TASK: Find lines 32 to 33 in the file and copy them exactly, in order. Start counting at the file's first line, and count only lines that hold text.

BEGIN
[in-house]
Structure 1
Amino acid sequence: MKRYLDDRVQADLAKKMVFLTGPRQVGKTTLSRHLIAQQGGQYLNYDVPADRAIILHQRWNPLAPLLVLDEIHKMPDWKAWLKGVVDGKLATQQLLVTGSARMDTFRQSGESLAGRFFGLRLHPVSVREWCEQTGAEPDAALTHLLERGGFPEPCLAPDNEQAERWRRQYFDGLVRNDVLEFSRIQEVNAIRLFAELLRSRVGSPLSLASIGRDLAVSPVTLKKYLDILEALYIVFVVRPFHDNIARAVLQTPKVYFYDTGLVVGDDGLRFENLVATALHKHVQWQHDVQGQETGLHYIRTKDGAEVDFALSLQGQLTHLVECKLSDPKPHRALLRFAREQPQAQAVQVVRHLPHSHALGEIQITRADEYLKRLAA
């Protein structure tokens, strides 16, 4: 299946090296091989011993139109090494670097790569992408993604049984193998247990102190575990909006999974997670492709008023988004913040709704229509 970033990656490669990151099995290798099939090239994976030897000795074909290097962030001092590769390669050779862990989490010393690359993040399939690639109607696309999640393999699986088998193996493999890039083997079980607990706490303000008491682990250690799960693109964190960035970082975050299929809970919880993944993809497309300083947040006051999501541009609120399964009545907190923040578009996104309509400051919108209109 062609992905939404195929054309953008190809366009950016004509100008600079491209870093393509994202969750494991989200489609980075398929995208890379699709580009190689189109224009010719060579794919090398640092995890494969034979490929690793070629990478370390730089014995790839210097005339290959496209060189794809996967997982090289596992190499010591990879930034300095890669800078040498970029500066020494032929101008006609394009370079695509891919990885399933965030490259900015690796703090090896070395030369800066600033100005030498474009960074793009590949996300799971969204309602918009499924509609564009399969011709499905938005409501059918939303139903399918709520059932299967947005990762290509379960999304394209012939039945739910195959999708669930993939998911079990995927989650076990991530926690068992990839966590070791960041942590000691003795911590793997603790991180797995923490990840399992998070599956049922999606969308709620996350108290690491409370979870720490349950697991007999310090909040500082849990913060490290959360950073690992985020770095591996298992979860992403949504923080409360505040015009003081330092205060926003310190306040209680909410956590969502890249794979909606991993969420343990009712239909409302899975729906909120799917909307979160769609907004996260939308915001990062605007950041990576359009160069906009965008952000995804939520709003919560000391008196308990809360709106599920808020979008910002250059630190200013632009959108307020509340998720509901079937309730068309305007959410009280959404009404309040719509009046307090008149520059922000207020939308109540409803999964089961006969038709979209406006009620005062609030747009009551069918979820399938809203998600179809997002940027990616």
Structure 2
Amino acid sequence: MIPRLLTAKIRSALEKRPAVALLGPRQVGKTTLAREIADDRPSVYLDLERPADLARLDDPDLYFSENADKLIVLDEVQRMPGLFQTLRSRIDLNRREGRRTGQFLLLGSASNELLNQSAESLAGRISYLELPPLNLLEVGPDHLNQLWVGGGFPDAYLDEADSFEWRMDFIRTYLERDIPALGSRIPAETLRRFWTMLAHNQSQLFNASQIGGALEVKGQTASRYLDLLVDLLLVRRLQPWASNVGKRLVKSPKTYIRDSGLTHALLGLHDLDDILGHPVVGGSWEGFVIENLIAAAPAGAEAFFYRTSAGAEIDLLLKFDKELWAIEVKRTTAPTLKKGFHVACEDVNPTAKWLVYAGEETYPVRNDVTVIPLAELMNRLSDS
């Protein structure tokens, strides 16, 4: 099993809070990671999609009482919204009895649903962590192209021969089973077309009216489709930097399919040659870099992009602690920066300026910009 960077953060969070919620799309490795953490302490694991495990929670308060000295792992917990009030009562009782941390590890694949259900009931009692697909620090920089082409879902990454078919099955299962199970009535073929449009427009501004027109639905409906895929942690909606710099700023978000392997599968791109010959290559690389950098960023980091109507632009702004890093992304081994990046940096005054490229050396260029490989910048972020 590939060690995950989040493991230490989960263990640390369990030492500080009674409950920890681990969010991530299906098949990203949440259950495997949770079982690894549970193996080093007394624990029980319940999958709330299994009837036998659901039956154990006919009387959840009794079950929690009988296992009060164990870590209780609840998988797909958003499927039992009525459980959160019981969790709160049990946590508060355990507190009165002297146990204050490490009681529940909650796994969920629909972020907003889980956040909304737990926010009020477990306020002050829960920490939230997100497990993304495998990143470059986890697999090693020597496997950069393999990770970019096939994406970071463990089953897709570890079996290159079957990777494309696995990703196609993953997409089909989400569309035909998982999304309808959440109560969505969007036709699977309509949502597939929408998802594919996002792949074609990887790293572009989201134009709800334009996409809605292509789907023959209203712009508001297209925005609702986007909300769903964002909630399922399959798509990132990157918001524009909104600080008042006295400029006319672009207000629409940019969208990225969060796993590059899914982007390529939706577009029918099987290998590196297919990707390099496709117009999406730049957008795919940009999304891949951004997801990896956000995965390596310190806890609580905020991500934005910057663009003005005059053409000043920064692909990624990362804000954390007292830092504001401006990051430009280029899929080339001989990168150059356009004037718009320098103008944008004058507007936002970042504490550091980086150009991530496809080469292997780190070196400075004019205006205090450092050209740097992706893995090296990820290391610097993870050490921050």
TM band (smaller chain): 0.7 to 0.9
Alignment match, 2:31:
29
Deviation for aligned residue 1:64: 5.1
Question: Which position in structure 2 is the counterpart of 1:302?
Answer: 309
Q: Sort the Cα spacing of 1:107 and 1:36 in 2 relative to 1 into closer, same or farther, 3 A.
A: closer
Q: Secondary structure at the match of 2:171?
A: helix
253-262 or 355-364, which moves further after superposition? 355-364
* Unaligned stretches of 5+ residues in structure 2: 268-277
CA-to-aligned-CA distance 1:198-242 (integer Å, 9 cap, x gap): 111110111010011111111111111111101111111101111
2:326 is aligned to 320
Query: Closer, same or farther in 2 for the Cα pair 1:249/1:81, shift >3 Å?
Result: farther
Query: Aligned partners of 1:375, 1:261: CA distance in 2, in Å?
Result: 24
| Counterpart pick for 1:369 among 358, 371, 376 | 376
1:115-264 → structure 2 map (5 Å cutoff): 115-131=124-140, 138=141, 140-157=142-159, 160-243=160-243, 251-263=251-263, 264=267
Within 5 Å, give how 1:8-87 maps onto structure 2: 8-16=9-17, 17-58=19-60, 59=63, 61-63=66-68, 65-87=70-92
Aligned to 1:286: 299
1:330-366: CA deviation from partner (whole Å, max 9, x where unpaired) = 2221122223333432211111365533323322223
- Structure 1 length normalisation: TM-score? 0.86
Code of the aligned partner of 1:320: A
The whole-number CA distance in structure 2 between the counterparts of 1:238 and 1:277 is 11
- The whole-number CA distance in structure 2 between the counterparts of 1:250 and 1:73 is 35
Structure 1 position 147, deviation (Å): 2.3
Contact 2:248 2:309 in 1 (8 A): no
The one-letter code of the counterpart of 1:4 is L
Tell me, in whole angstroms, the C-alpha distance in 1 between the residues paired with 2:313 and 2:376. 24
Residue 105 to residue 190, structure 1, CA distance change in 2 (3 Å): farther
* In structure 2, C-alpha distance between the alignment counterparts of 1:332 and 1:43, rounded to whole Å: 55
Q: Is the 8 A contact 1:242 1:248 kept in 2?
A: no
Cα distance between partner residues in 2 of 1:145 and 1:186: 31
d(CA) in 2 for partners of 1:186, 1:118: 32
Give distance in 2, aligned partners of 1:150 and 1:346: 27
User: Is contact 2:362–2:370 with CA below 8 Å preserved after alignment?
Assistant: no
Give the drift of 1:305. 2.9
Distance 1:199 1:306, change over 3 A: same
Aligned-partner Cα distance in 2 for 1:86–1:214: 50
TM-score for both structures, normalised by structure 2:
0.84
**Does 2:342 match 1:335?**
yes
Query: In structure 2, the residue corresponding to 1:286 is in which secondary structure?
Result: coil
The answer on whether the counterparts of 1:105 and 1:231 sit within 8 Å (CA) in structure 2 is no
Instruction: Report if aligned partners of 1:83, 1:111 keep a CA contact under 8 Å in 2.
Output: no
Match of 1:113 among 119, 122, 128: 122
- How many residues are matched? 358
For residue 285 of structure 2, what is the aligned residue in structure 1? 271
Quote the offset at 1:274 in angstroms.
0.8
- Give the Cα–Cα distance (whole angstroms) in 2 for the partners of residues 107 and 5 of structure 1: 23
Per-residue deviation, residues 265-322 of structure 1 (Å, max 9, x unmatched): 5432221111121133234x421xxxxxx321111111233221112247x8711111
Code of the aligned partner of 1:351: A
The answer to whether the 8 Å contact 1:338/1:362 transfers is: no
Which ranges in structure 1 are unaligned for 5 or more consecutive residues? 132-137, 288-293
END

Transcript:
Code of the aligned partner of 1:320: A
The whole-number CA distance in structure 2 between the counterparts of 1:238 and 1:277 is 11